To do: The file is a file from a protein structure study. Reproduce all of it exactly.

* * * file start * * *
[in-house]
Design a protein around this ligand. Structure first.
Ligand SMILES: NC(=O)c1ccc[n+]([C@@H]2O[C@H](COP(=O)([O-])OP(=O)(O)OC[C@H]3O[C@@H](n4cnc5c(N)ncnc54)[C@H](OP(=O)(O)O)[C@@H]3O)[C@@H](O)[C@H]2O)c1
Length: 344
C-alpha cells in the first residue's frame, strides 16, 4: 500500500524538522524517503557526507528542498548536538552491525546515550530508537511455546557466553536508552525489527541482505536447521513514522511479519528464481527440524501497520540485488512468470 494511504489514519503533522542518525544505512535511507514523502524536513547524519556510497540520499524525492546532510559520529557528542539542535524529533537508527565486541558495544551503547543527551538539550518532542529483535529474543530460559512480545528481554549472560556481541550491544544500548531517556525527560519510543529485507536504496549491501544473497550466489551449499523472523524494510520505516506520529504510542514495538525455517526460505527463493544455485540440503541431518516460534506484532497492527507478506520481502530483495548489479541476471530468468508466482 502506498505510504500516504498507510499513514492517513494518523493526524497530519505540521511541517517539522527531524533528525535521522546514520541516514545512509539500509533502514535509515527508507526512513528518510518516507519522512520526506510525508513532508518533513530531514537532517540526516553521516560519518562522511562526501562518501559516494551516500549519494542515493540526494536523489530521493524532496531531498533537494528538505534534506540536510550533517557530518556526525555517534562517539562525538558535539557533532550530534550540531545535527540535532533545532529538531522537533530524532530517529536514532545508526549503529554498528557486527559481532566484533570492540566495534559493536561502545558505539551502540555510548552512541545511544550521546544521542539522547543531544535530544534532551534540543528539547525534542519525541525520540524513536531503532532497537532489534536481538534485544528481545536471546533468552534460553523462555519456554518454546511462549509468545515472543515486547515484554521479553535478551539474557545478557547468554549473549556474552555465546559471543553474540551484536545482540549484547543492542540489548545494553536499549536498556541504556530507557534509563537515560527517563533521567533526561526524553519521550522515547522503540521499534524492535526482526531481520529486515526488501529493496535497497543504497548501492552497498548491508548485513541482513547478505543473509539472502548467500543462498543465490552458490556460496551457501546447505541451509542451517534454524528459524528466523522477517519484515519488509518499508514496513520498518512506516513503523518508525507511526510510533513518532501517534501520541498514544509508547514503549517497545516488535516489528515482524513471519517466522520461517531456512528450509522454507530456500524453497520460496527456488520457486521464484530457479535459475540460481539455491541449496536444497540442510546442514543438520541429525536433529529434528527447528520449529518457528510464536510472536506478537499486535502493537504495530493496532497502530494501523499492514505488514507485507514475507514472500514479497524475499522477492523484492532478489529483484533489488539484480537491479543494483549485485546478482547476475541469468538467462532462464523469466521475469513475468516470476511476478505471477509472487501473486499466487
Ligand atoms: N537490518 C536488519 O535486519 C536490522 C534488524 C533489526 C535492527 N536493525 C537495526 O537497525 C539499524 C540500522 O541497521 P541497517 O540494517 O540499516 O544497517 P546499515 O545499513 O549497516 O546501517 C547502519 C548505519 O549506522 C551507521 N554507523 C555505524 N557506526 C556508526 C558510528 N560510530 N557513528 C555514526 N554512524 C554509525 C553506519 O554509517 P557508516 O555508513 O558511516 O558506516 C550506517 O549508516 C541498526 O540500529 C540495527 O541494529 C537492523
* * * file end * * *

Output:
[in-house]
Design a protein around this ligand. Structure first.
Ligand SMILES: NC(=O)c1ccc[n+]([C@@H]2O[C@H](COP(=O)([O-])OP(=O)(O)OC[C@H]3O[C@@H](n4cnc5c(N)ncnc54)[C@H](OP(=O)(O)O)[C@@H]3O)[C@@H](O)[C@H]2O)c1
Length: 344
C-alpha cells in the first residue's frame, strides 16, 4: 500500500524538522524517503557526507528542498548536538552491525546515550530508537511455546557466553536508552525489527541482505536447521513514522511479519528464481527440524501497520540485488512468470 494511504489514519503533522542518525544505512535511507514523502524536513547524519556510497540520499524525492546532510559520529557528542539542535524529533537508527565486541558495544551503547543527551538539550518532542529483535529474543530460559512480545528481554549472560556481541550491544544500548531517556525527560519510543529485507536504496549491501544473497550466489551449499523472523524494510520505516506520529504510542514495538525455517526460505527463493544455485540440503541431518516460534506484532497492527507478506520481502530483495548489479541476471530468468508466482 502506498505510504500516504498507510499513514492517513494518523493526524497530519505540521511541517517539522527531524533528525535521522546514520541516514545512509539500509533502514535509515527508507526512513528518510518516507519522512520526506510525508513532508518533513530531514537532517540526516553521516560519518562522511562526501562518501559516494551516500549519494542515493540526494536523489530521493524532496531531498533537494528538505534534506540536510550533517557530518556526525555517534562517539562525538558535539557533532550530534550540531545535527540535532533545532529538531522537533530524532530517529536514532545508526549503529554498528557486527559481532566484533570492540566495534559493536561502545558505539551502540555510548552512541545511544550521546544521542539522547543531544535530544534532551534540543528539547525534542519525541525520540524513536531503532532497537532489534536481538534485544528481545536471546533468552534460553523462555519456554518454546511462549509468545515472543515486547515484554521479553535478551539474557545478557547468554549473549556474552555465546559471543553474540551484536545482540549484547543492542540489548545494553536499549536498556541504556530507557534509563537515560527517563533521567533526561526524553519521550522515547522503540521499534524492535526482526531481520529486515526488501529493496535497497543504497548501492552497498548491508548485513541482513547478505543473509539472502548467500543462498543465490552458490556460496551457501546447505541451509542451517534454524528459524528466523522477517519484515519488509518499508514496513520498518512506516513503523518508525507511526510510533513518532501517534501520541498514544509508547514503549517497545516488535516489528515482524513471519517466522520461517531456512528450509522454507530456500524453497520460496527456488520457486521464484530457479535459475540460481539455491541449496536444497540442510546442514543438520541429525536433529529434528527447528520449529518457528510464536510472536506478537499486535502493537504495530493496532497502530494501523499492514505488514507485507514475507514472500514479497524475499522477492523484492532478489529483484533489488539484480537491479543494483549485485546478482547476475541469468538467462532462464523469466521475469513475468516470476511476478505471477509472487501473486499466487
Ligand atoms: N537490518 C536488519 O535486519 C536490522 C534488524 C533489526 C535492527 N536493525 C537495526 O537497525 C539499524 C540500522 O541497521 P541497517 O540494517 O540499516 O544497517 P546499515 O545499513 O549497516 O546501517 C547502519 C548505519 O549506522 C551507521 N554507523 C555505524 N557506526 C556508526 C558510528 N560510530 N557513528 C555514526 N554512524 C554509525 C553506519 O554509517 P557508516 O555508513 O558511516 O558506516 C550506517 O549508516 C541498526 O540500529 C540495527 O541494529 C537492523